GET SHORTY aced a spot as the 19th most popular movie of 1995, a slick, smartypants, uber-connected Hollywoodian backhand to the morally vacuous nature of many players on the less-salubrious money end of its voracious food chain.
Trying to keep brief a synopsis of the plot streams in Elmore Leonard’s story (from his 1990 book), scripted by Scott Frank, is a great way to render a reader cross-eyed while simply getting to whether or not the movie is worth a watch. Suffice to say: Miami-based loan shark ‘Chili Palmer’ (John Travolta), on a collection mission out West, finds that the whom-owes-who movie biz offers not only a lucrative cash spigot but a rewarding outlet for his creative side. He discerns that business ethics in cinema territory are little different from the arm-breaking back in the neighborhood—minus rules and loyalty.
Directed by Barry Sonnenfeld, it moves well, getting better as it goes along, laced with funny lines, sparked with the efforts of a top cast. Primed by Pulp Fiction, this pumped never-say-die Travolta’s career into yet another comeback; he struts with aplomb as the…uh…hero. He’s banked by ripe turns from Gene Hackman (‘Harry Zimm’, based on legendary schlock producer Menahem Golan as well as an agent Hackman once had), Rene Russo (I surrender: use me, I can take it), Danny DeVito (purportedly riffing off Dustin Hoffman), Dennis Farina (sharp blend of farce with menace), Delroy Lindo (exemplifying the concept of ‘patience at an end’) and James Gandolfini (winning, in a potentially dangerous-yet friendly-bear-way). Watching, you can’t help but think they must have had a good deal of fun making it, and for the most part, it’s pretty much of a kick. John Lurie’s soundtrack bops right along.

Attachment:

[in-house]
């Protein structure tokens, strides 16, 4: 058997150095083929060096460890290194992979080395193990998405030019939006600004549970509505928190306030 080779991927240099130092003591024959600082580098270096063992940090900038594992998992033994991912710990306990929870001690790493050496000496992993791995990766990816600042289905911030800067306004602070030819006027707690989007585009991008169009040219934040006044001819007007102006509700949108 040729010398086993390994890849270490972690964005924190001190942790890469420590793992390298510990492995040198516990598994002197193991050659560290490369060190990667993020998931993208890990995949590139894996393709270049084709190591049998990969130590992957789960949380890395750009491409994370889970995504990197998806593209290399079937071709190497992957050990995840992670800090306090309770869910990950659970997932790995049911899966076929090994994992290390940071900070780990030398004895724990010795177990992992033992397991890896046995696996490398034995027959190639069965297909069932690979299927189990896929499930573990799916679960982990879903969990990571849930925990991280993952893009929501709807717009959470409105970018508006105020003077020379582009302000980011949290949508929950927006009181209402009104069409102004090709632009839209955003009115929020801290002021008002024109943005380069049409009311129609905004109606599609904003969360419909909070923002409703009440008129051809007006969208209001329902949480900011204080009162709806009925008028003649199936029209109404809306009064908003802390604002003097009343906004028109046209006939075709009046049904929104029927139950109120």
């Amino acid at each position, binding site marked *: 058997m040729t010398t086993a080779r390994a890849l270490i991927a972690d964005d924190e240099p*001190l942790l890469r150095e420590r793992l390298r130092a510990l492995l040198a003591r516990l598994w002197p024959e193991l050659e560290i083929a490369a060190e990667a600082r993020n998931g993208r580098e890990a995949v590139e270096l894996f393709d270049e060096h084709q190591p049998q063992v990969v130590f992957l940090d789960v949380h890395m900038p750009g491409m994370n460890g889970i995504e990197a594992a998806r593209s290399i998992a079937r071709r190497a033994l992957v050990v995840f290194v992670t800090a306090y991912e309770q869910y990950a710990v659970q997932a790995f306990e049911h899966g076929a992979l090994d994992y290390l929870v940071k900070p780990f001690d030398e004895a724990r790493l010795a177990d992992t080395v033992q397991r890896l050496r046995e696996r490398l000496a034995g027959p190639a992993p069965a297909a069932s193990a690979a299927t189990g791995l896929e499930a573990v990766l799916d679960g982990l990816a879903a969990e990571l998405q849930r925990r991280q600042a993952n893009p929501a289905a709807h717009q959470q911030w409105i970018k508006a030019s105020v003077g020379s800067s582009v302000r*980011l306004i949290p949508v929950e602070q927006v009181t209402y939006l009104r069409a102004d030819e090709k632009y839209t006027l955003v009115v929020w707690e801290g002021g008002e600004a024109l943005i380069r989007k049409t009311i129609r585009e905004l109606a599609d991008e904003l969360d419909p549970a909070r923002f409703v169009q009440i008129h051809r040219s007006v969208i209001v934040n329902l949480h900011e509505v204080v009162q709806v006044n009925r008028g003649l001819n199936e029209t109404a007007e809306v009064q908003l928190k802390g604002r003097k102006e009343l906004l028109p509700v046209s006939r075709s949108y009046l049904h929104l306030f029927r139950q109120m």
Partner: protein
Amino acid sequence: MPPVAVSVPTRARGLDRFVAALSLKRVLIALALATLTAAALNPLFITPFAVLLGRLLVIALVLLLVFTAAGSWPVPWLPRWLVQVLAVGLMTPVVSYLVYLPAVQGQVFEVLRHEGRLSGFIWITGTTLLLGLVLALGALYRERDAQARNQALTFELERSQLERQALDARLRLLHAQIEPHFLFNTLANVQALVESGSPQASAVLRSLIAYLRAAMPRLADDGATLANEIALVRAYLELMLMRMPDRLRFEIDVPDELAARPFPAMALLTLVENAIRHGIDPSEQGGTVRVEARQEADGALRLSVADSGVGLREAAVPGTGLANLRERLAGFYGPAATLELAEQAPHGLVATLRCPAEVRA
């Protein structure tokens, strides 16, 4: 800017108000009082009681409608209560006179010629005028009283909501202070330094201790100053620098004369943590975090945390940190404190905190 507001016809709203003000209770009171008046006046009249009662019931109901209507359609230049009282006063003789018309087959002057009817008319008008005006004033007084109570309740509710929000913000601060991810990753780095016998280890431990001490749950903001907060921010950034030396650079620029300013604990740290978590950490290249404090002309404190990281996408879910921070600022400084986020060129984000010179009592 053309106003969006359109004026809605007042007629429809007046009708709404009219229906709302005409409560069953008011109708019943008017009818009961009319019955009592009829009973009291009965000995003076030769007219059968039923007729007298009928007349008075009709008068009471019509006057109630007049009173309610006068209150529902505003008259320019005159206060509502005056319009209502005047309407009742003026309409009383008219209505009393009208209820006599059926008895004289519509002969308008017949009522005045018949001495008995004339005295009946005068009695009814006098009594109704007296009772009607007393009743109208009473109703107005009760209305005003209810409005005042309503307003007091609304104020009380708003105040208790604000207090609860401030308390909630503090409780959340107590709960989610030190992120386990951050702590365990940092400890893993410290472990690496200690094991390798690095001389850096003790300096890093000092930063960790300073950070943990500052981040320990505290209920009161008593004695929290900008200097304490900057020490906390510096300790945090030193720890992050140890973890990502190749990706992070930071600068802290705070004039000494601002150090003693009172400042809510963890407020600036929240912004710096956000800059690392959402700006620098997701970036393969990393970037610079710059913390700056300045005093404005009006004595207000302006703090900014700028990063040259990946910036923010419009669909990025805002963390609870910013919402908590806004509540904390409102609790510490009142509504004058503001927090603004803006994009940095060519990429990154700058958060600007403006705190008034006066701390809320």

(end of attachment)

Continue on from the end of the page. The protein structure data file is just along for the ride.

Production cost appears to have been around $30,250,000. A gross of $72,100,000 in the States was burnished with $43,000,000 more taken in other markets.
FYI, the real Ernesto ‘Chili’ Palmer (1937-2008), a former private eye and friend of author Leonard, has an uncredited bit. 105 minutes, with Jon Gries, David Paymer, Miguel Sandoval, Jacob Vargas (‘Yoyo’), Alex Rocco (‘Jimmy Capp’), Vito Scotti, Ralph Manza, Ron Karabatsos (‘Momo’, R.I.P.) and cameos from Bette Midler, Harvey Keitel and Penny Marshall. A sequel, Be Cool, trailed a decade later, but was decidedly uncool.